2016 has been a remarkable year for Caliber as we started monitoring the brands and reputations of leading organizations in Denmark on a daily basis. Our work has resulted in some very interesting insights, the essence of which we are sharing in this article.
It’s about what you stand for and how you act on it
Organizations that manage to win the trust and affection of the public are perceived to go beyond offering reliable and high-quality products & services – they are seen as responsible entities that stand for something people can relate to, and that keep their promises. When we look at what elements in the brand and reputation of these companies drive trust and affection the most, we find things like integrity, authenticity and relevance.
Being local is good (at least in Denmark)
It is also noticeable that most organizations favored by the Danish public are of local origin. Danfoss and Grundfos, VELUX and Coloplast, Georg Jensen and Bang & Olufsen are all iconic enterprises with deep roots in Danish history and culture. Norwegian Rema1000 (rank 6) and Swedish IKEA (rank 15) are the only “foreigners” that benefit from strong public perceptions in Denmark. The highest-ranked non-Scandinavian organizations on the list are the German toy manufacturer Playmobil (rank 42) and US-based Google (rank 44) followed by Korean Samsung, German Siemens and US-based Amazon – all ranked outside the top 50.
The mighty can also fall
In 2016 we saw the perceptions of a handful of companies, long considered strong brands with impeccable reputations, deteriorate dramatically. Novo Nordisk, who for many years used to be ranked as one of Denmark’s most reputable companies and strongest brands, has lost its shine after a year of increasing pricing pressure for diabetes treatments in the U.S., a sharp drop in its stock price, a management shake-up and staff cutbacks. It is now ranked outside of the top in our list of most trusted and liked companies. A similar fate afflicted A.P. Moller – Maersk which roller-coasted from a stable top 3 position to rank 38, likely following its commercial challenges, CEO dismissal and ongoing negative coverage in 2016. Apple, not so long ago every agency’s and consumer’s “dream brand”, is today ranked 90 in our list!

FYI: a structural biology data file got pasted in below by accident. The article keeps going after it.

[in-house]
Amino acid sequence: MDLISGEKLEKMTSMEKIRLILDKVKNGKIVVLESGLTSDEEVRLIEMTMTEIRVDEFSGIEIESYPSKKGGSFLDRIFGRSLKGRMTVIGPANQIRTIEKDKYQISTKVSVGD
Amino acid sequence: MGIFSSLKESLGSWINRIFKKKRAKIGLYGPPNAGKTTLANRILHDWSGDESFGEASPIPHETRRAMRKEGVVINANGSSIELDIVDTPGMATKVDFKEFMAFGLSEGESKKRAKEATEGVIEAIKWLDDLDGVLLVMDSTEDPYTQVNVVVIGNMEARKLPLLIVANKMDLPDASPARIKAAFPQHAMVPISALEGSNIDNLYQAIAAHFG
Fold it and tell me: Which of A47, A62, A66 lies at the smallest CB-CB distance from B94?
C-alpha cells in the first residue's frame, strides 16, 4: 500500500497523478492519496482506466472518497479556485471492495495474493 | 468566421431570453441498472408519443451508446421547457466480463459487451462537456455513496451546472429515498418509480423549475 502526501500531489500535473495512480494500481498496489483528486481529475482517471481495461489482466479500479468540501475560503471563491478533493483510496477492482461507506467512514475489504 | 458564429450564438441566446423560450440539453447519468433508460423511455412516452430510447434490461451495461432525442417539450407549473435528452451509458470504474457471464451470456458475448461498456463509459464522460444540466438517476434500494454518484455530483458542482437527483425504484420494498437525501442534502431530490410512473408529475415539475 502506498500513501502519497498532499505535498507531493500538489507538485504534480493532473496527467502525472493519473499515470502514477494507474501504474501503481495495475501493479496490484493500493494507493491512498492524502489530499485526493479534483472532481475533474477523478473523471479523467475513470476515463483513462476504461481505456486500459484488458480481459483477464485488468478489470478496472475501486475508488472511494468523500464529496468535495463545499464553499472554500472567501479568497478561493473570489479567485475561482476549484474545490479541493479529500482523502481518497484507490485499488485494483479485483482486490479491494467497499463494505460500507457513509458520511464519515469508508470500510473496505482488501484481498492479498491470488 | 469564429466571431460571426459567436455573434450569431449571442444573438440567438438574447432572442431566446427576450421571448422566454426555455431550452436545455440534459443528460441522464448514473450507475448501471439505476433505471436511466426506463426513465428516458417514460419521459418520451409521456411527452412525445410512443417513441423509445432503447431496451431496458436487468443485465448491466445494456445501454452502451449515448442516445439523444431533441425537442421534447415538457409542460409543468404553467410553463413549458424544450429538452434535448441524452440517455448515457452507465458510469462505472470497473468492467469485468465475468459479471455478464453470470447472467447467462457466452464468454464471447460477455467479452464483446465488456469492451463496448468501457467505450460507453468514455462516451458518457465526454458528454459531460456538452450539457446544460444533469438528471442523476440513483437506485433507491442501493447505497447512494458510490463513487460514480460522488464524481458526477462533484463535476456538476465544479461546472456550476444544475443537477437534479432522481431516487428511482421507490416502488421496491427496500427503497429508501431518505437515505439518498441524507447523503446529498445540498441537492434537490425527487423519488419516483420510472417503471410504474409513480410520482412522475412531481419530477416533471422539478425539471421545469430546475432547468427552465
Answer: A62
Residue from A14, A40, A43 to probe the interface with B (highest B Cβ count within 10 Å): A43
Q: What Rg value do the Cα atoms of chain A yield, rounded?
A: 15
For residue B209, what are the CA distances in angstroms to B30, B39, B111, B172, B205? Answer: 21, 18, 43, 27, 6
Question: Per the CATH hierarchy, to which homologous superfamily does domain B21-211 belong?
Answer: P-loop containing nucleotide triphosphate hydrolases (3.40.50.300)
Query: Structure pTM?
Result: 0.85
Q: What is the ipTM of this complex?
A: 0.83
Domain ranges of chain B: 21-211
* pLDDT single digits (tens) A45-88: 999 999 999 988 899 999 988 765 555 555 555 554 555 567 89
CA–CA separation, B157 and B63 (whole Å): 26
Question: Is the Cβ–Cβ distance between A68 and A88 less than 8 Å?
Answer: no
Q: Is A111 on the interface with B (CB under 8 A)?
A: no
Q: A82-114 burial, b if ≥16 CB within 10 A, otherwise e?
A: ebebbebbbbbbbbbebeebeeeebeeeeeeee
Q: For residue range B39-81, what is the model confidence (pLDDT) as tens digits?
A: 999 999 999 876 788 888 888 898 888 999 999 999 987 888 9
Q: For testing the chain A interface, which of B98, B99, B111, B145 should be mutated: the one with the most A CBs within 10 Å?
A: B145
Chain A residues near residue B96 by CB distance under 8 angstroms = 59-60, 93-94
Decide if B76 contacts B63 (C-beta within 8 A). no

Of course, everything is relative, and the actual rank depends on the number and type of organizations being measured. But one thing is certain – no organization can afford to ignore negative news for too long without losing public trust and affection.
Foundations and associated companies – conjoined twins
It is common in Denmark for commercial companies to be owned by foundations, and often the two organizations share similar brand names. This is true for Carlsberg and Carlsbergfondet, Novo Nordisk and Novo Nordisk Fonden, VELUX and Velux Fonden, Nordea Bank and Nordea Fonden, Rockwool International and Rockwool Fonden and many others.
The fact that people’s perceptions of commercial companies and associated foundations are closely interlinked may not be so surprising. What is interesting, however, is how this relationship works in good and bad times. Foundations are organizations that engage in projects that benefit society, and therefore enjoy positive media coverage and public trust and affection. Their associated companies typically enjoy a positive spill-over effect, contributing to their own brand and reputation strength. However, when an associated company enters a crisis, the negative discourse surrounding it has an immediate negative effect on the corresponding foundation. This effect is apparently so strong that the foundation’s philanthropic work is simply not enough to offset it. This has been true in 2016 for Novo Nordisk Fonden, Nordea Fonden and Egmont Fonden which all suffered from crises originating in their associated commercial companies.
The sector has a lot to do with it…
Pharmaceutical and Industrial companies tend to have the strongest brands and reputations in Denmark. Companies within the Financial, Telecom and Energy & Utilities sectors are among the most distrusted in the country. Interestingly, banks are the organizations of which public perceptions are most polarized. While most organizations are perceived more or less homogeneously, there are people who really love banks and those who really hate them. The share of the latter group clearly prevailed in 2016.